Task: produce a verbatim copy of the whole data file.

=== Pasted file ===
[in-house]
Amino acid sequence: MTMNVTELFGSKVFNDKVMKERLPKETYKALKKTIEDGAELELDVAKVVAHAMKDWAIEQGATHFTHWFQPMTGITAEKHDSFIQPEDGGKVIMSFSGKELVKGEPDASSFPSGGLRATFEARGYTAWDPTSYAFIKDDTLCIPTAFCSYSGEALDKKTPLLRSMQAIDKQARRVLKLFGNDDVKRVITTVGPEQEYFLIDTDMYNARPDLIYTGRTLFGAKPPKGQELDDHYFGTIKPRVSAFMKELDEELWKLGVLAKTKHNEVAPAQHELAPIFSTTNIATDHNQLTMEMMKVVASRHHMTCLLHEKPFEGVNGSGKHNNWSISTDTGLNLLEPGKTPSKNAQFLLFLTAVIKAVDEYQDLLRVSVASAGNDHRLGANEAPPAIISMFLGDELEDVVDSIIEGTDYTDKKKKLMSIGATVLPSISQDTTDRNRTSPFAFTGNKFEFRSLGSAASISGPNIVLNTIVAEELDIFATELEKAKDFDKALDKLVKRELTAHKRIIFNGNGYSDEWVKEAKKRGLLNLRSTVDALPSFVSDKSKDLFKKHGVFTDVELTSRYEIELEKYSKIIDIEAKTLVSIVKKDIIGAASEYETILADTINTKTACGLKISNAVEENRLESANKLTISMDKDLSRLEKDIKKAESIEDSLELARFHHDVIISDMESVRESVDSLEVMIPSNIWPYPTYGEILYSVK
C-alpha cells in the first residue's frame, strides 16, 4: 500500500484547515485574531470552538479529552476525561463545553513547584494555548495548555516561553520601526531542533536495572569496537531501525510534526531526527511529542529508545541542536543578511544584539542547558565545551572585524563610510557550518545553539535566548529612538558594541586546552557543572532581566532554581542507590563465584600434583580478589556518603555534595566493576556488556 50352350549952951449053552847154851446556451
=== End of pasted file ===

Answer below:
[in-house]
Amino acid sequence: MTMNVTELFGSKVFNDKVMKERLPKETYKALKKTIEDGAELELDVAKVVAHAMKDWAIEQGATHFTHWFQPMTGITAEKHDSFIQPEDGGKVIMSFSGKELVKGEPDASSFPSGGLRATFEARGYTAWDPTSYAFIKDDTLCIPTAFCSYSGEALDKKTPLLRSMQAIDKQARRVLKLFGNDDVKRVITTVGPEQEYFLIDTDMYNARPDLIYTGRTLFGAKPPKGQELDDHYFGTIKPRVSAFMKELDEELWKLGVLAKTKHNEVAPAQHELAPIFSTTNIATDHNQLTMEMMKVVASRHHMTCLLHEKPFEGVNGSGKHNNWSISTDTGLNLLEPGKTPSKNAQFLLFLTAVIKAVDEYQDLLRVSVASAGNDHRLGANEAPPAIISMFLGDELEDVVDSIIEGTDYTDKKKKLMSIGATVLPSISQDTTDRNRTSPFAFTGNKFEFRSLGSAASISGPNIVLNTIVAEELDIFATELEKAKDFDKALDKLVKRELTAHKRIIFNGNGYSDEWVKEAKKRGLLNLRSTVDALPSFVSDKSKDLFKKHGVFTDVELTSRYEIELEKYSKIIDIEAKTLVSIVKKDIIGAASEYETILADTINTKTACGLKISNAVEENRLESANKLTISMDKDLSRLEKDIKKAESIEDSLELARFHHDVIISDMESVRESVDSLEVMIPSNIWPYPTYGEILYSVK
C-alpha cells in the first residue's frame, strides 16, 4: 500500500484547515485574531470552538479529552476525561463545553513547584494555548495548555516561553520601526531542533536495572569496537531501525510534526531526527511529542529508545541542536543578511544584539542547558565545551572585524563610510557550518545553539535566548529612538558594541586546552557543572532581566532554581542507590563465584600434583580478589556518603555534595566493576556488556 50352350549952951449053552847154851446556451